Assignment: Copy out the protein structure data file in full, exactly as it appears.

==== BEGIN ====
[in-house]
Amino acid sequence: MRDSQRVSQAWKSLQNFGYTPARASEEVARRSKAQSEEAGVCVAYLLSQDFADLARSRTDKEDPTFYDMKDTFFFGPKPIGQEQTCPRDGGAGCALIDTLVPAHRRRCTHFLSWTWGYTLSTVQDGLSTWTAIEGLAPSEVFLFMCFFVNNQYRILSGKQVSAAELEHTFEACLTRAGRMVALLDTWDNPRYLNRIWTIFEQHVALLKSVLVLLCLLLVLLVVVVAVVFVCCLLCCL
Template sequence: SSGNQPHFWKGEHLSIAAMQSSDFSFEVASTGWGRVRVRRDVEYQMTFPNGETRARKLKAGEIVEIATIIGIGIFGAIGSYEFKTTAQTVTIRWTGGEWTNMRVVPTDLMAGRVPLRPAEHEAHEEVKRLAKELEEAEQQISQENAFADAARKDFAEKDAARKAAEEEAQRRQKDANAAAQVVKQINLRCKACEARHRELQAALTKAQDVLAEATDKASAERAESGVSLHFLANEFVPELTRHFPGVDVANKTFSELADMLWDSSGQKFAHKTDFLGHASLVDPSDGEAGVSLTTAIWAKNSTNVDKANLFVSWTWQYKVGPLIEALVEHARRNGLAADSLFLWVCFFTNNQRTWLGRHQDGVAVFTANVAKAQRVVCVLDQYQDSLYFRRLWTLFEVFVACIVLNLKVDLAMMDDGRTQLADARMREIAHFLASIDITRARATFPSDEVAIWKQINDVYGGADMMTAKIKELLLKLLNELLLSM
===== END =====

[in-house]
Amino acid sequence: MRDSQRVSQAWKSLQNFGYTPARASEEVARRSKAQSEEAGVCVAYLLSQDFADLARSRTDKEDPTFYDMKDTFFFGPKPIGQEQTCPRDGGAGCALIDTLVPAHRRRCTHFLSWTWGYTLSTVQDGLSTWTAIEGLAPSEVFLFMCFFVNNQYRILSGKQVSAAELEHTFEACLTRAGRMVALLDTWDNPRYLNRIWTIFEQHVALLKSVLVLLCLLLVLLVVVVAVVFVCCLLCCL
Template sequence: SSGNQPHFWKGEHLSIAAMQSSDFSFEVASTGWGRVRVRRDVEYQMTFPNGETRARKLKAGEIVEIATIIGIGIFGAIGSYEFKTTAQTVTIRWTGGEWTNMRVVPTDLMAGRVPLRPAEHEAHEEVKRLAKELEEAEQQISQENAFADAARKDFAEKDAARKAAEEEAQRRQKDANAAAQVVKQINLRCKACEARHRELQAALTKAQDVLAEATDKASAERAESGVSLHFLANEFVPELTRHFPGVDVANKTFSELADMLWDSSGQKFAHKTDFLGHASLVDPSDGEAGVSLTTAIWAKNSTNVDKANLFVSWTWQYKVGPLIEALVEHARRNGLAADSLFLWVCFFTNNQRTWLGRHQDGVAVFTANVAKAQRVVCVLDQYQDSLYFRRLWTLFEVFVACIVLNLKVDLAMMDDGRTQLADARMREIAHFLASIDITRARATFPSDEVAIWKQINDVYGGADMMTAKIKELLLKLLNELLLSM